The Goddess Delusion

Over the last few decades, there has been a fast-spreading paradigm shift from Christianity to paganism. This trend ranges from attempts to promote a feminized version of God to cults centered around a female divinity. “For the first time in two millennia” wrote Caitlin Matthews in Sophia: Goddess of Wisdom, “the idea of a Goddess as a central pivot of creation is finding a welcome response.” With the surge of feminism, Earth-centred beliefs and New Age spirituality, conceptual social and religious barriers are being broken down and many people are being led to adopt a form of female principle – whether by literal goddess worship or a mystical tap into the “feminine energy.”

Elmer Towns was apt to observe that:
“Many women turn to a female deity because they have been hurt by men. They may have been abused, raped, abandoned, or in some way violated by males in their lives. As a result, they may blame the heavenly Father, who is male. Notice, when people ask why God would allow starvation, cancer, or other problems in the world, they never ask why ‘Mother Earth’ or a female deity has caused the problems. It’s always a male deity that they blame. [1]

Ex-Wiccan High Priest, Bill Schnoebelen, reflected on the deceptive ideas that led him into goddess worship:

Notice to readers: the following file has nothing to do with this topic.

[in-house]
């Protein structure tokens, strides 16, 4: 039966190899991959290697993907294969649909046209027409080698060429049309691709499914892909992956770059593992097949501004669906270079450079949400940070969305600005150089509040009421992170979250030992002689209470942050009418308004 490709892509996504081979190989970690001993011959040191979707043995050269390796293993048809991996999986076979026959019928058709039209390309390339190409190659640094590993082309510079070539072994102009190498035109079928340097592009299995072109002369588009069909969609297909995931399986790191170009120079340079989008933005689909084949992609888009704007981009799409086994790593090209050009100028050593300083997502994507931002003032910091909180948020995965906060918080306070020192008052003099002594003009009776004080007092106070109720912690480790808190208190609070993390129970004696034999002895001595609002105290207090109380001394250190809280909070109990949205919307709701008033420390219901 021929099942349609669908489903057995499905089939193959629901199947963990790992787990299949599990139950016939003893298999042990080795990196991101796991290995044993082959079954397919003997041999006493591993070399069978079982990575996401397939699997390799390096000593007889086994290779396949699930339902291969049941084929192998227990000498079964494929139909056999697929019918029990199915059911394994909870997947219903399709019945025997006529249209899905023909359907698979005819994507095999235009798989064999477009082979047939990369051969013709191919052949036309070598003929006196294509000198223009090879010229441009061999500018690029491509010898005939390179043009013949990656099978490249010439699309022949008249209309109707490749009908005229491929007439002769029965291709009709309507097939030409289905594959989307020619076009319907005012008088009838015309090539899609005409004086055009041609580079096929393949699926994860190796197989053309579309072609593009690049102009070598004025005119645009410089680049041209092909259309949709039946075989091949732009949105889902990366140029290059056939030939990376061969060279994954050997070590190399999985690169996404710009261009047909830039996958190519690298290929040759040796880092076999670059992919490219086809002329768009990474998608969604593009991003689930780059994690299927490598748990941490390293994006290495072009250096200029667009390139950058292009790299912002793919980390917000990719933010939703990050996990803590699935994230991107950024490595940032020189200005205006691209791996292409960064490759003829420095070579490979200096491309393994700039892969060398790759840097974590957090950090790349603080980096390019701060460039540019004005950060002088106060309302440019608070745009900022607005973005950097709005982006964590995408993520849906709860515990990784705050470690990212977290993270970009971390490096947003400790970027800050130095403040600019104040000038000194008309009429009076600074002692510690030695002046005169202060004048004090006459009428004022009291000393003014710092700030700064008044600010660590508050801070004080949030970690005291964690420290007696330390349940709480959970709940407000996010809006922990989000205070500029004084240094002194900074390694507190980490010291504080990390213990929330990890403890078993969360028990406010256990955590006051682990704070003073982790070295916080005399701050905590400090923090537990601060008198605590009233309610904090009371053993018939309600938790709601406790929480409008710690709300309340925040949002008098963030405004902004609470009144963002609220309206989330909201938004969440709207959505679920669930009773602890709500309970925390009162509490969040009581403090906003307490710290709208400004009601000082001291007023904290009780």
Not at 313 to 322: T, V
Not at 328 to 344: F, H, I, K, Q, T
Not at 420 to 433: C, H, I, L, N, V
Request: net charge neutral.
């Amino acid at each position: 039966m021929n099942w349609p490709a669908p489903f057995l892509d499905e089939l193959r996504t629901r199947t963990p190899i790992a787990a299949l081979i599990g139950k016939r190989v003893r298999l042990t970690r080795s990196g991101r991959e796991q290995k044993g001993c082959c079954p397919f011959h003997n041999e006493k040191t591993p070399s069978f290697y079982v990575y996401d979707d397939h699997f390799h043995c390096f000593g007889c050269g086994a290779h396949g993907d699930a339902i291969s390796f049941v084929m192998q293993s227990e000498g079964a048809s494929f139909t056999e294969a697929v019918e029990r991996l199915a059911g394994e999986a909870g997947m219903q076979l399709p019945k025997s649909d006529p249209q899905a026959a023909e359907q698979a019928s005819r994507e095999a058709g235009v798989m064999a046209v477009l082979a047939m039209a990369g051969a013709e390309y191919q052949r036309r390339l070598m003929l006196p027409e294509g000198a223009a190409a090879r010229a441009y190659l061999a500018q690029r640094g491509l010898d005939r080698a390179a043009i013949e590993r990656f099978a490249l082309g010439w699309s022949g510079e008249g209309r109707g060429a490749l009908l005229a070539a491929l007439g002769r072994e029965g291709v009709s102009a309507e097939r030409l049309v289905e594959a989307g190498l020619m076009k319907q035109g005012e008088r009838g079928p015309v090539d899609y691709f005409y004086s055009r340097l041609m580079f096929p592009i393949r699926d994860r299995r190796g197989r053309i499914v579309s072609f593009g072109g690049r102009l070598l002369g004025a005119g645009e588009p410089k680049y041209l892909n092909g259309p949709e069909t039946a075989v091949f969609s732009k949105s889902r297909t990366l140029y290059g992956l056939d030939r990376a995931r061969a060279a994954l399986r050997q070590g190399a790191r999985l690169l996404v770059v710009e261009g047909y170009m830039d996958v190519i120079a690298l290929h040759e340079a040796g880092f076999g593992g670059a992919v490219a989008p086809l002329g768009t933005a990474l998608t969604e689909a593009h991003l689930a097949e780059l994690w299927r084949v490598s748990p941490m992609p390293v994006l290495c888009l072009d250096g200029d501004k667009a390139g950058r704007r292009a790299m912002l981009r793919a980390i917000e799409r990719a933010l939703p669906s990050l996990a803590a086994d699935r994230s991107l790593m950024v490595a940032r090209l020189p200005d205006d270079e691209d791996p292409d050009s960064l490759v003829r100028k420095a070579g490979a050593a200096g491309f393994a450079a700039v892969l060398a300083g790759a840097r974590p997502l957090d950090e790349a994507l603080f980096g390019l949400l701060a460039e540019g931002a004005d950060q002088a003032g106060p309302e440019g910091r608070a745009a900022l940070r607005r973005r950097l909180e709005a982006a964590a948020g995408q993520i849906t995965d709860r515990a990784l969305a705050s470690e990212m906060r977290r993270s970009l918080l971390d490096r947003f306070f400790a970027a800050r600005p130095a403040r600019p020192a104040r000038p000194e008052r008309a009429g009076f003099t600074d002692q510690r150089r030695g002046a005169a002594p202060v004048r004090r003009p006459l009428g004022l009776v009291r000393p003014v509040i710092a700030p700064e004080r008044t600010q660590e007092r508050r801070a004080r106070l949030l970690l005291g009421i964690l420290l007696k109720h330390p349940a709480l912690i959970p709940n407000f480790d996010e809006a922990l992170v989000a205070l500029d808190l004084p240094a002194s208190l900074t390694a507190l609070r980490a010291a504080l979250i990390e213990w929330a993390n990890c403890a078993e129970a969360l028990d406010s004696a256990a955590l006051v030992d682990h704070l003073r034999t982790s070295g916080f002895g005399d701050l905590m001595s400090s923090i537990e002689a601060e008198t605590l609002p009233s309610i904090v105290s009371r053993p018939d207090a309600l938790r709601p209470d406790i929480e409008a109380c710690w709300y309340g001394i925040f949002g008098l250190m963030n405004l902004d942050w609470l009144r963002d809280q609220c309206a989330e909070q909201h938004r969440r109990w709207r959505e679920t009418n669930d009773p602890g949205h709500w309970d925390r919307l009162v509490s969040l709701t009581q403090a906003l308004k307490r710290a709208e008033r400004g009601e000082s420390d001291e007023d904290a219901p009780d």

While the Biblical Jehovah is striking people with thunderbolts as they step out of line, their Goddess plays and frolics with her hidden children … She is everyone’s fantasy idea of a mother or lover: a gorgeous, compassionate woman who loves unconditionally, does not chide or require much of you, and who is totally available for both service and sexual intimacy. I fell in love with this image of the Goddess immediately.” [2]

Many Wiccans and Neo-pagans freely acknowledge that their Goddess is universally worshipped in countless cultures, traditions and rites worldwide. They admit that their goddess has emerged in different forms, with different names at various periods of history. These are all facets or archetypes of the same great Goddess. This global catholicity of the “great goddess,” however, exposes the diabolic veneer, because a historical overview of many ancient goddesses reveal them to be evil, savage and destructive. For example:

Kali – she is the major Hindu goddess of death, power and destruction. A Hindu text, Devi Mahatmyam, describes Kali as “armed with a sword and noose. Bearing the strange Khatvanga (skull-topped staff), decorated with a garland of skulls, clad in a tiger’s skin, very appalling owing to her emaciated flesh, with gaping mouth, fearful with her tongue lolling out [and] having deep reddish eyes…” She is also depicted wearing a skirt of human arms and accompanied by serpents.